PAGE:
Can we still include confidentiality clauses in settlement agreements?

Andrew Masters

Partner & Head of Employment

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May 8, 2019

Categories Employment Law

FAQ about confidentiality clauses in settlement agreements

Question: We have read a lot of press commentary regarding non-disclosure agreements following workplace allegations against employers. We settle the majority of potential cases by using settlement agreements which contain confidentiality clauses. Can we still continue to use confidentiality clauses in settlement agreements?

Answer: As an employer yes you can – but you need to be careful that the confidentiality clause is clear as to what is covered and what rights the employee retains.

The headlines in the press are somewhat misleading as to the widespread use of confidentiality clauses. The concern over their use relates predominately to workplace allegations of bullying and sexual harassment.

The vast majority of the referred to ‘non-disclosure agreements’ are ‘settlement agreements’ which settle potential employment claims from a worker against their employer.

It is therefore important to remember that these agreements do not exist solely in relation to allegations of bullying and sexual harassment, but include situations such as poor performance, misconduct, long-term absence, and redundancy.

Settlement agreements ‘do what they say on the tin’

Claims that are settled under a settlement agreement are usually without admission of liability and are often offered to avoid legal fees and associated management costs in defending a claim. This approach may be taken by an employer even if their defence has good chances of success.

Settlement agreements therefore ‘do what they say on the tin’ – they settle the allegations/claims, without a winner or a loser as determined by a tribunal.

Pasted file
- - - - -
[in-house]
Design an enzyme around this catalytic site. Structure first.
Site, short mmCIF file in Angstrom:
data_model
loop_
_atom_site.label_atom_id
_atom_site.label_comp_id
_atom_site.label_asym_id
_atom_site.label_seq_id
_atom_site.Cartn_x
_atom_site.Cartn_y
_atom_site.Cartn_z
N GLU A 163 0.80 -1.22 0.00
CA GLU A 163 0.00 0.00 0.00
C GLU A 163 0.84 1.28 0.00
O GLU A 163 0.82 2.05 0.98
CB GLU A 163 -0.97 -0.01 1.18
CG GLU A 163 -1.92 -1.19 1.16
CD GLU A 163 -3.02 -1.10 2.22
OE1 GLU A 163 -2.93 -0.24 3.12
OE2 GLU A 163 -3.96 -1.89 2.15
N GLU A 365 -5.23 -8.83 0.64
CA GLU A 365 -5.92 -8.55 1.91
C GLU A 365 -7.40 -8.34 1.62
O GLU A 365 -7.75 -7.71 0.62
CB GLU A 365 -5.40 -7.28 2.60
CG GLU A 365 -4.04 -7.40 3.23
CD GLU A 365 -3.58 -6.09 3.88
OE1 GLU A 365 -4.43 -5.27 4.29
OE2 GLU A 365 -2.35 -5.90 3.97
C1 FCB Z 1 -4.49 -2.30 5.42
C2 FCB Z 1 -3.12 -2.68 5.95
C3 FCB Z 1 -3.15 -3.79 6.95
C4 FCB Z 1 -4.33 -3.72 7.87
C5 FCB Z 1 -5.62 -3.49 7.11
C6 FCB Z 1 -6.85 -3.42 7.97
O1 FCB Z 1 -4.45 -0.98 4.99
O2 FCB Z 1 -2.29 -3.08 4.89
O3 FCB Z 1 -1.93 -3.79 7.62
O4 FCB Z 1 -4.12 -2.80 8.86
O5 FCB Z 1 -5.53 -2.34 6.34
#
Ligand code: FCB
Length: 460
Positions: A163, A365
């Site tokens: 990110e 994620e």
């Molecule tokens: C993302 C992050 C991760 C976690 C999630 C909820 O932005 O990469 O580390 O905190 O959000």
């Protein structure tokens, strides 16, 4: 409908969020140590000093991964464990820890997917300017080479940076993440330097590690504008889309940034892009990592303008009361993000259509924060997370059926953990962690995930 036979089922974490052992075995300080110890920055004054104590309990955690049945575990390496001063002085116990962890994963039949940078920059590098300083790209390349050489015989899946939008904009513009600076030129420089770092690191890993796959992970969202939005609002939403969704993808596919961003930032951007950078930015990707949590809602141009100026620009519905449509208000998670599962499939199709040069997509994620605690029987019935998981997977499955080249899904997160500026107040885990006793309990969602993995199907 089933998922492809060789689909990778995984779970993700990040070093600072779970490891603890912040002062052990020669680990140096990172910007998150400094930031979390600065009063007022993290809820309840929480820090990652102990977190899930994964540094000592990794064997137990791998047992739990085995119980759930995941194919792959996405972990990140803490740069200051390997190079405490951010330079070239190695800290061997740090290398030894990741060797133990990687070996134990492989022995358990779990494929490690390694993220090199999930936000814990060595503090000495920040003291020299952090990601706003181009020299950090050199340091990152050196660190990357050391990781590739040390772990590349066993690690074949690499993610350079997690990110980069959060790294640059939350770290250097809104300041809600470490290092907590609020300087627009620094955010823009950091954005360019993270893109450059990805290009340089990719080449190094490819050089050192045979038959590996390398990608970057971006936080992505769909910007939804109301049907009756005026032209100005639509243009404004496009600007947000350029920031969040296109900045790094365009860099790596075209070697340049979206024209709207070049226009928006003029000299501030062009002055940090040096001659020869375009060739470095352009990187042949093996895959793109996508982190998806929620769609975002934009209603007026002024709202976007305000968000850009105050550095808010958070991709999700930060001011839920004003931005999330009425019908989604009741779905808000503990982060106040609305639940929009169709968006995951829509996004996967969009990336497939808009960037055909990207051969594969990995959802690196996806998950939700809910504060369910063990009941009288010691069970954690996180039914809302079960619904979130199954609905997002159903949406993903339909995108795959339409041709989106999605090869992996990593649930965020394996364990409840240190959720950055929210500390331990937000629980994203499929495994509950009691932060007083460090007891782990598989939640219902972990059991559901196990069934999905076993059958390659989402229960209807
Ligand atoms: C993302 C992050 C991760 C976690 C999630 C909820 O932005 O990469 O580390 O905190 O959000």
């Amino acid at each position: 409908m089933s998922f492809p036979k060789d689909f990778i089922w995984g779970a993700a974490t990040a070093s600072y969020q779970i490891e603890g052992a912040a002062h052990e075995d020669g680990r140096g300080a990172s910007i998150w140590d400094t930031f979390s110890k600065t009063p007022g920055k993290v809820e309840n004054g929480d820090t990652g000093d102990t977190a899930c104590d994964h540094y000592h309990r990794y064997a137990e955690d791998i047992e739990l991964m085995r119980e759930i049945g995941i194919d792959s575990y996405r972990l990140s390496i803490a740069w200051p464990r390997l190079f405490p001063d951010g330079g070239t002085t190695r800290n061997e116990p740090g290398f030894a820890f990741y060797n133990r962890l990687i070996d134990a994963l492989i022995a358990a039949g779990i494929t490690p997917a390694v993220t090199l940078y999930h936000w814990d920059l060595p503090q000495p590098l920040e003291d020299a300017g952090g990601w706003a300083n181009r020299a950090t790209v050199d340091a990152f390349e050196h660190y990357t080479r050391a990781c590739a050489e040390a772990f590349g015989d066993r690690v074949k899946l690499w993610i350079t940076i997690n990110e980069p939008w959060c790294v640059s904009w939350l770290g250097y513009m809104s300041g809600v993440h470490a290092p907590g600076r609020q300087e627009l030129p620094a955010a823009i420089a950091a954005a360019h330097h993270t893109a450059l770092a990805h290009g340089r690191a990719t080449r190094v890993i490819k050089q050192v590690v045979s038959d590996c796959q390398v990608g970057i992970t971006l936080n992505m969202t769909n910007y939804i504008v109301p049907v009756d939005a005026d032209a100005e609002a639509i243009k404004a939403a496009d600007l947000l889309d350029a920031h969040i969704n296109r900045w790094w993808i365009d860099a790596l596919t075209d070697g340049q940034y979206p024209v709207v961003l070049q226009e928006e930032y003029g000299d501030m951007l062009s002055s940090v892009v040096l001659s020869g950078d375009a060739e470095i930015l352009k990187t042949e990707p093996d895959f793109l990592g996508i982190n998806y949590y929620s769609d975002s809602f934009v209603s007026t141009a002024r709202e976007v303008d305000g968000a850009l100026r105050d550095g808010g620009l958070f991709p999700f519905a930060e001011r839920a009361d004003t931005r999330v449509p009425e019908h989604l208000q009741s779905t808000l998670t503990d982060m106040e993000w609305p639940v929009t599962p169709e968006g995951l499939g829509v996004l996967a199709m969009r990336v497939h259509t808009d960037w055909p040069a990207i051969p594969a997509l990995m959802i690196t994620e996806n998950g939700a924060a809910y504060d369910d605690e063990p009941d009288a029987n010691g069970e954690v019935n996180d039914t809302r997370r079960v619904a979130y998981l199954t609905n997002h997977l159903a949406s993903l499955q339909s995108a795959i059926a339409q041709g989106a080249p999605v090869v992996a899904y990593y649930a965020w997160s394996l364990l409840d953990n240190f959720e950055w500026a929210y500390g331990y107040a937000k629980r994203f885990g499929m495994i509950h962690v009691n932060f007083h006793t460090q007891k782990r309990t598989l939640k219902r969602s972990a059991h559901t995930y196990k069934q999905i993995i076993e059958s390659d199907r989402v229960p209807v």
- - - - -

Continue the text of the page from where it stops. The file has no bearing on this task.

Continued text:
Employers therefore do not want individuals discussing the allegations and settlement as though they have ‘won’, in order to avoid any incorrect inferences of guilt in relation to the allegations.

A key benefit to both the individual and the employer is that the matter is dealt with swiftly. This can be of particular use to an individual at present as ‘simple’ tribunal hearings are currently being listed for around 12-18 months after a claim has been lodged.

It is also unfortunately the case that as well as valid allegations of bullying and sexual harassment, employers face vexatious claims from disgruntled employees who are simply ‘chancing their arm’ on a claim.

Without being able to use confidentiality clauses in settlement agreements it is therefore unlikely that an employer would wish to enter into one.

A key requirement of a settlement agreement is that employees entering into a settlement agreement must seek legal advice on its terms and effect. This therefore gives them a good level of protection in relation to these clauses.

Current guidance states that confidentiality clauses should:

  • Be specific as to what is covered;
  • Expressly state that an individual is not prevented from making a protected disclosure under section 43A of the Employment Rights Act 1996 (whistleblowing); and
  • Expressly state that an individual is not prevented from making a disclosure to a regulator regarding any misconduct, wrongdoing or serious breach of regulatory requirements, or reporting a criminal offence to any law enforcement agency (e.g. the police).

As an employer you can therefore use confidentiality clauses in settlement agreements, but we strongly recommend that you follow these guidelines and seek legal advice in order to ensure they offer the protection sought, protect individuals’ rights, and avoid any allegations that the clause is void.

You should also be aware that the government is currently undertaking a consultation on  Confidentiality clauses: measures to prevent misuse in situations of workplace harassment or discrimination’.

Possible outcomes of the consultation include extending the obligation to receive legal advice to expressly cover ‘the nature and limitations’ of any confidentiality clause in a settlement agreement, and requiring employers to use stipulated wording to cover the above recommendations.  Beware that a likely enforcement provision will be, that if the required wording is not used, the entire settlement agreement will be void.

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